By JEFF SWANSON
Daily Press writer
A historic landmark in downtown Craig may soon be reduced to a pile of rubble, but not necessarily because the owner of the building would like to see it that way.
The White Horse Inn, located at 476 Yampa Ave., is reaching its final days in Craig and owner Aleka Butler believes that its destruction may be in the best interests of the community.
"It has got to the point that it is unsafe," she said. "So, we decided that it would be in the best interests of everyone if we were to just take it down."
Before demolition begins, Butler will need to remove a large amount of asbestos that is still in the building, according to Craig Building Inspector Dave Costa.
"It has been declared condemned, and we have given a notice to the owners," Costa said. "The real issue that we have had to deal with is the asbestos and condition of the building. As soon as we receive the sign-off for the asbestos abatement, they can proceed with demolition."
Although the White Horse may be viewed as an eyesore in present-day Craig, during the late-1930s it was one of the most frequented establishments in town.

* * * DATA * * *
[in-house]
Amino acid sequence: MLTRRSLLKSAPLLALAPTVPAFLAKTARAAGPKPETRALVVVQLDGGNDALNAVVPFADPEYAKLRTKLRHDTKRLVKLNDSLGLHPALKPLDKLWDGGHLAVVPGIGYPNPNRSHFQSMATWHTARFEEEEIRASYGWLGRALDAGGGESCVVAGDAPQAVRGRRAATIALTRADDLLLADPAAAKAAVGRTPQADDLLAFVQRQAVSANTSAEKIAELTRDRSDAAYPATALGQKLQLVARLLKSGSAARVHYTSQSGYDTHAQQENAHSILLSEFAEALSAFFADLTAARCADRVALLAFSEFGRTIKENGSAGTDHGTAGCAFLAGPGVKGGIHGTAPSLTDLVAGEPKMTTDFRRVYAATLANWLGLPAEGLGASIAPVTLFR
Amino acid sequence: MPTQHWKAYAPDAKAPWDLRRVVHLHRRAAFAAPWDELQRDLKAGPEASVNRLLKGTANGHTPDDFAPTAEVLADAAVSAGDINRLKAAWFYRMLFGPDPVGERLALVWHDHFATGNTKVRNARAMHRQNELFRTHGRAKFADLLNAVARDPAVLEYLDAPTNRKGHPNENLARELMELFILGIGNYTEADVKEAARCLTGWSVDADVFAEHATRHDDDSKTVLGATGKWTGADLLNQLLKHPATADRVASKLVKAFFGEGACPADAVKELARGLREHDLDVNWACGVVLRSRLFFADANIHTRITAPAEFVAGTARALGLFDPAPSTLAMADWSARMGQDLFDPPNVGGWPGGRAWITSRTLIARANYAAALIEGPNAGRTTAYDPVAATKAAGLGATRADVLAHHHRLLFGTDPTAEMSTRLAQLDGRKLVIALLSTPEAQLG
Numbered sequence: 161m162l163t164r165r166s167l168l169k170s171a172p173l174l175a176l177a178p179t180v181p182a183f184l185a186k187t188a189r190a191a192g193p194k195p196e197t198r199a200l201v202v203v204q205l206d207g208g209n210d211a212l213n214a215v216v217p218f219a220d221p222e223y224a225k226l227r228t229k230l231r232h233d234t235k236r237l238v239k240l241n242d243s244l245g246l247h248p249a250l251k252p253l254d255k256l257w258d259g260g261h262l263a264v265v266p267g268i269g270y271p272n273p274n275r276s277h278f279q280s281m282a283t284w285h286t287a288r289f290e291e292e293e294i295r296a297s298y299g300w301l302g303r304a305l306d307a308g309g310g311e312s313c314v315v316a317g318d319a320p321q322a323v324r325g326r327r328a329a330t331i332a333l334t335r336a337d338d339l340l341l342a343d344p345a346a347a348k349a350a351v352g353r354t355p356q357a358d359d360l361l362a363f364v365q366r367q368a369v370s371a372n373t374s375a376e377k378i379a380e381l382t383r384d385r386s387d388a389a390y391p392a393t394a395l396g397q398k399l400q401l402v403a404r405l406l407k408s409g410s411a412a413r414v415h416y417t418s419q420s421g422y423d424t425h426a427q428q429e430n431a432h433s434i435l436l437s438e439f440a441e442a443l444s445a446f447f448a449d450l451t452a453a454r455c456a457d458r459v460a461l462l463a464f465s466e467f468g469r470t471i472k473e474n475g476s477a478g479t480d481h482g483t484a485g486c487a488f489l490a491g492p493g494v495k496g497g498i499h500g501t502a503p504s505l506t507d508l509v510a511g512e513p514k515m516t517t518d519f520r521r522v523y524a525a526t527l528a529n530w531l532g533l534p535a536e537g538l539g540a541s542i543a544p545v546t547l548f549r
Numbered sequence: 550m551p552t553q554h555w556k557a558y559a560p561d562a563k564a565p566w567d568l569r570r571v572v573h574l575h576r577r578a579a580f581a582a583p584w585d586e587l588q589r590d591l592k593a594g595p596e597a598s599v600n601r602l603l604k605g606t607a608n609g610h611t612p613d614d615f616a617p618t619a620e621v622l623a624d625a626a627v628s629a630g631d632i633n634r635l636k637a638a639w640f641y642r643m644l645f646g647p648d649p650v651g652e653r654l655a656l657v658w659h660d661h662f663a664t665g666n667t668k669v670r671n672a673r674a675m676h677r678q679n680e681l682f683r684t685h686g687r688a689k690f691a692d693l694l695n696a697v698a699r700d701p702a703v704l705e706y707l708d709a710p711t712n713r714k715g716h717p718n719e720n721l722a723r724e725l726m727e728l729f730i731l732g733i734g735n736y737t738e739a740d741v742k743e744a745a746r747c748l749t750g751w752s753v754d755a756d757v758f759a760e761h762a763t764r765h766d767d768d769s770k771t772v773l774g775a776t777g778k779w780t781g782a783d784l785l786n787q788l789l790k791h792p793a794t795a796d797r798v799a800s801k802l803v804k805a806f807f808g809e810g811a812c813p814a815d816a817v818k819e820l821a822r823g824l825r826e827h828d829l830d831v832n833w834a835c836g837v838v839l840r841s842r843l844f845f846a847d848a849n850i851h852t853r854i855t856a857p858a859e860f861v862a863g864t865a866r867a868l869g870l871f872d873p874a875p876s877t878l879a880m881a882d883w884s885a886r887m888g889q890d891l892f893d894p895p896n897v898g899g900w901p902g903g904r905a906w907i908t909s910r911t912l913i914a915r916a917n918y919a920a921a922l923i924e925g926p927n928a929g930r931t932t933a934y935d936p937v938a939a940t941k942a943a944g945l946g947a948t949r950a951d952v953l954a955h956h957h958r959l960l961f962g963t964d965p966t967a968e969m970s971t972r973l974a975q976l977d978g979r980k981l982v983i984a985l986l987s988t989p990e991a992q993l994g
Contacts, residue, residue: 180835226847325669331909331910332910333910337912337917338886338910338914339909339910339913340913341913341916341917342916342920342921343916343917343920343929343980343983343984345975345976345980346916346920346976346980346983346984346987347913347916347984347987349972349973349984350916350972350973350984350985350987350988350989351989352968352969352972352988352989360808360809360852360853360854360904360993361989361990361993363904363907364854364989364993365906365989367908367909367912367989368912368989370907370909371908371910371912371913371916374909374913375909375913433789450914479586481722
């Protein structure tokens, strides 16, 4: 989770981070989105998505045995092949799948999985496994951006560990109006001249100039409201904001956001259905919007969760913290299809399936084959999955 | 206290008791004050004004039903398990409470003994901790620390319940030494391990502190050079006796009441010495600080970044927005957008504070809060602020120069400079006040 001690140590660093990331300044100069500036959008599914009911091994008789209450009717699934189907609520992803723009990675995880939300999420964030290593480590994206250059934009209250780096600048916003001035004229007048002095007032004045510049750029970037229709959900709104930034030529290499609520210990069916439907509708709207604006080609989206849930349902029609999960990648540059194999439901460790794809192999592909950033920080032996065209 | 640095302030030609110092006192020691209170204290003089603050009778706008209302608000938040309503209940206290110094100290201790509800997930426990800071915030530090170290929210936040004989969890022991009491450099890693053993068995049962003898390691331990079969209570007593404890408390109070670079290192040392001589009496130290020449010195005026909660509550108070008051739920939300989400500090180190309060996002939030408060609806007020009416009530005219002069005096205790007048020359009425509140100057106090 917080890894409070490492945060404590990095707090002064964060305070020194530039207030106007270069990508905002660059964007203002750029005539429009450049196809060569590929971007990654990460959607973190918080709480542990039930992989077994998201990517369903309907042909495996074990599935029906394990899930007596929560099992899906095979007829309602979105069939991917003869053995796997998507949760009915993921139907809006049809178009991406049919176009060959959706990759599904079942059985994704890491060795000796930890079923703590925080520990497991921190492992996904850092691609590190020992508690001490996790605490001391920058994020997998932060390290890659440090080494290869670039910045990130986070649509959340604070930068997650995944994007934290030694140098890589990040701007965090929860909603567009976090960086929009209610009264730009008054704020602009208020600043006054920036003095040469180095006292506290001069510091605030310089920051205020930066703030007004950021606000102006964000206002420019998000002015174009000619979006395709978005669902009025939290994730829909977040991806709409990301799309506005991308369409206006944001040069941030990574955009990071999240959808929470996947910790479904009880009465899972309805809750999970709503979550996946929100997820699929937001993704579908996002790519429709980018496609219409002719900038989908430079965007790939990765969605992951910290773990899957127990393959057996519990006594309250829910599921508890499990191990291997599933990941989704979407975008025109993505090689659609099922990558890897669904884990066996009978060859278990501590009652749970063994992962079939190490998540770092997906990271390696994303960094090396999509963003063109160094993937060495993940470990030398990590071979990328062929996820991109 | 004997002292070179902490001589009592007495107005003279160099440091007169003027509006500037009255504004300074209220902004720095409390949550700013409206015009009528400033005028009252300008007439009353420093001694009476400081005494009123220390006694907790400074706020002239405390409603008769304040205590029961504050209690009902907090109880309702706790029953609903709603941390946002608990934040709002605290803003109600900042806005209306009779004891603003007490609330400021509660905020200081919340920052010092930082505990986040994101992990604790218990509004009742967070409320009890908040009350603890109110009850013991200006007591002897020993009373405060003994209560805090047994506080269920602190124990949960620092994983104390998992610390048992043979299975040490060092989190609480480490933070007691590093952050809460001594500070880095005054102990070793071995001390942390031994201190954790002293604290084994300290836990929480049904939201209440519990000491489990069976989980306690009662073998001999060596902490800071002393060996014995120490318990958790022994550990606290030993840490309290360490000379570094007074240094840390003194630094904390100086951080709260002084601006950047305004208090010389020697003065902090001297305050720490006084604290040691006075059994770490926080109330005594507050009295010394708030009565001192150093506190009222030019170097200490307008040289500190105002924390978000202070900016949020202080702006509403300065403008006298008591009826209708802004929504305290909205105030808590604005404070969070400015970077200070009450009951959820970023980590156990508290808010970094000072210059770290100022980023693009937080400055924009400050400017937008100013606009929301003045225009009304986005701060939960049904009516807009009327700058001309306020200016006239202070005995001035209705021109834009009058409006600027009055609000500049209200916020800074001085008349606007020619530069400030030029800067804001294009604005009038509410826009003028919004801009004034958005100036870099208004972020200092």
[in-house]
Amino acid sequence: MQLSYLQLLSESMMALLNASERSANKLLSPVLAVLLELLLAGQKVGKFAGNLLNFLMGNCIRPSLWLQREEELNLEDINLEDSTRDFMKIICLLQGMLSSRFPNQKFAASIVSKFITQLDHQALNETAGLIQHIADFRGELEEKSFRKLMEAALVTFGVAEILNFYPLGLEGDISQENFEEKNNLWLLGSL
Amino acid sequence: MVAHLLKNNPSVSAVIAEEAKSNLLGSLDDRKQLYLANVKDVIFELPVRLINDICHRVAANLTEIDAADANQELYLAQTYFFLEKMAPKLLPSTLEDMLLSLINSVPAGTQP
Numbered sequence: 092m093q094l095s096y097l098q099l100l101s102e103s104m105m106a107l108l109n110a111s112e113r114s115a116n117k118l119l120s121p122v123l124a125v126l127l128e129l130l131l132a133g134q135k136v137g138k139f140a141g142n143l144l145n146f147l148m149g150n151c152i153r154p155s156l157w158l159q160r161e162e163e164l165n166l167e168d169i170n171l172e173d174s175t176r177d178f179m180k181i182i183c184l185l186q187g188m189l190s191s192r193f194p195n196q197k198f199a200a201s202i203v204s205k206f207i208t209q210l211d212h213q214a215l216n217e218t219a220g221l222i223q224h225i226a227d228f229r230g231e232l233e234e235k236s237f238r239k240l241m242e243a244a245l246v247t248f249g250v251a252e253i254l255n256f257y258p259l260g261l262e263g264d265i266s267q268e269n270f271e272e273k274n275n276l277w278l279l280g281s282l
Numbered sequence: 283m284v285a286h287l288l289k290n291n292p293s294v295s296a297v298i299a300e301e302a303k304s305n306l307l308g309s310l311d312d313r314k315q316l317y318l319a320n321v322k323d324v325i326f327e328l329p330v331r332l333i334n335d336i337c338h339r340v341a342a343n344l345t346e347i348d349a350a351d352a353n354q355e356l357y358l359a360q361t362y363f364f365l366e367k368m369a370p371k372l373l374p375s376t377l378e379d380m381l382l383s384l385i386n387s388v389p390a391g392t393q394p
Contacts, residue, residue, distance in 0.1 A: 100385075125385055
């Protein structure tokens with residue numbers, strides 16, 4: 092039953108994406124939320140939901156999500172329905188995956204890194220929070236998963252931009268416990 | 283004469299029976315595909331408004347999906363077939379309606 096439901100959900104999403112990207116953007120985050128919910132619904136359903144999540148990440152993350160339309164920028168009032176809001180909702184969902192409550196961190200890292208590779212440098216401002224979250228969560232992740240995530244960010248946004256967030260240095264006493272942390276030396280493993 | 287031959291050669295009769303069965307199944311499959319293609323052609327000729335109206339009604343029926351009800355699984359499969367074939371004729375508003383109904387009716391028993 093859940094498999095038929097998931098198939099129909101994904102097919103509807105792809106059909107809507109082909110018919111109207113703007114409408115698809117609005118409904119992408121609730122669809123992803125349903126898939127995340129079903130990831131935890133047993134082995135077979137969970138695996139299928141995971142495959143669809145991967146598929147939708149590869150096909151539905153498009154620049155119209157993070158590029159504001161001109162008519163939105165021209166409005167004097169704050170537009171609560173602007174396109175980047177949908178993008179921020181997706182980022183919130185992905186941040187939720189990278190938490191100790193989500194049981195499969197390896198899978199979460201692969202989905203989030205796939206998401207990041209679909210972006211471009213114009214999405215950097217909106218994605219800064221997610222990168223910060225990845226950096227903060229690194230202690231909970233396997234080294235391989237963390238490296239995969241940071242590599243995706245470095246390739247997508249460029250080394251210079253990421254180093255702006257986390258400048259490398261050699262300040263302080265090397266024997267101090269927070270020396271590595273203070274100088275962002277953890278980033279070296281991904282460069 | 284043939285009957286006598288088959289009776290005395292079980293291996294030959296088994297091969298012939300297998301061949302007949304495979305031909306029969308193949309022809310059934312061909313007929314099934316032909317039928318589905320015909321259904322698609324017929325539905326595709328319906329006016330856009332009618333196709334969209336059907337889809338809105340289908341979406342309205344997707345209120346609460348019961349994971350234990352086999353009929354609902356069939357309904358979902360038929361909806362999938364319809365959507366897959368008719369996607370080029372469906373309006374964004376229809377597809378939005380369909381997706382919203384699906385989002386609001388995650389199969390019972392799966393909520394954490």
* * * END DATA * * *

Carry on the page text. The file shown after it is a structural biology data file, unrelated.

Opening right after prohibition ended in 1934, the White Horse was one of Craig's first taverns.
What took place in the early years of the White Horse is still open to public debate, however, at different times it served as a livery stable, mercantile and garage.
A few lingering reports also claim that the inn once served as a house of prostitution, although evidence does not exist to support the theory.
"That's one of the things we've heard," said Butler, who purchased the building four years ago. "Of course, there is no way that we can prove that it really was a whorehouse, but that's the way the story was told to me."
In March 1945, the White Horse Inn was purchased by Bruce and Millie Castine of Craig.
Millie helped to run the tavern for over 40 years, entertaining patrons with her honkey-tonk piano playing and friendly local presence.
She was also generous to a number of charities in the Craig area.
Castine died Nov. 7, 1988, leaving the White Horse Inn legacy to her daughter, Wanda, and son-in-law, Bill Curry.
The Curry's attempted to revitalize the once-popular downtown business in 1988, but the attempt was short-lived, and the Curry's were forced to close the business a short time later.
Despite the storied history of the White Horse Inn, Butler believes that the time is right to tear down the ramshackled tavern.
"I really wish we didn't have to tear it down," she said. "I really appreciate all of the history that is in that building. Unfortunately, it has got to the point that we have to do something, and we expect to be getting that done soon.
"It's really too bad," she said. "But we feel that it is the best thing to do."
After demolition is complete, Butler said the final decision would be made as to what will become of the landmark building and its adjacent lot.
"We have a lot of ideas in the works, but we are still not sure what we'll do," she said. "We will have to wait and see what our options are at that point."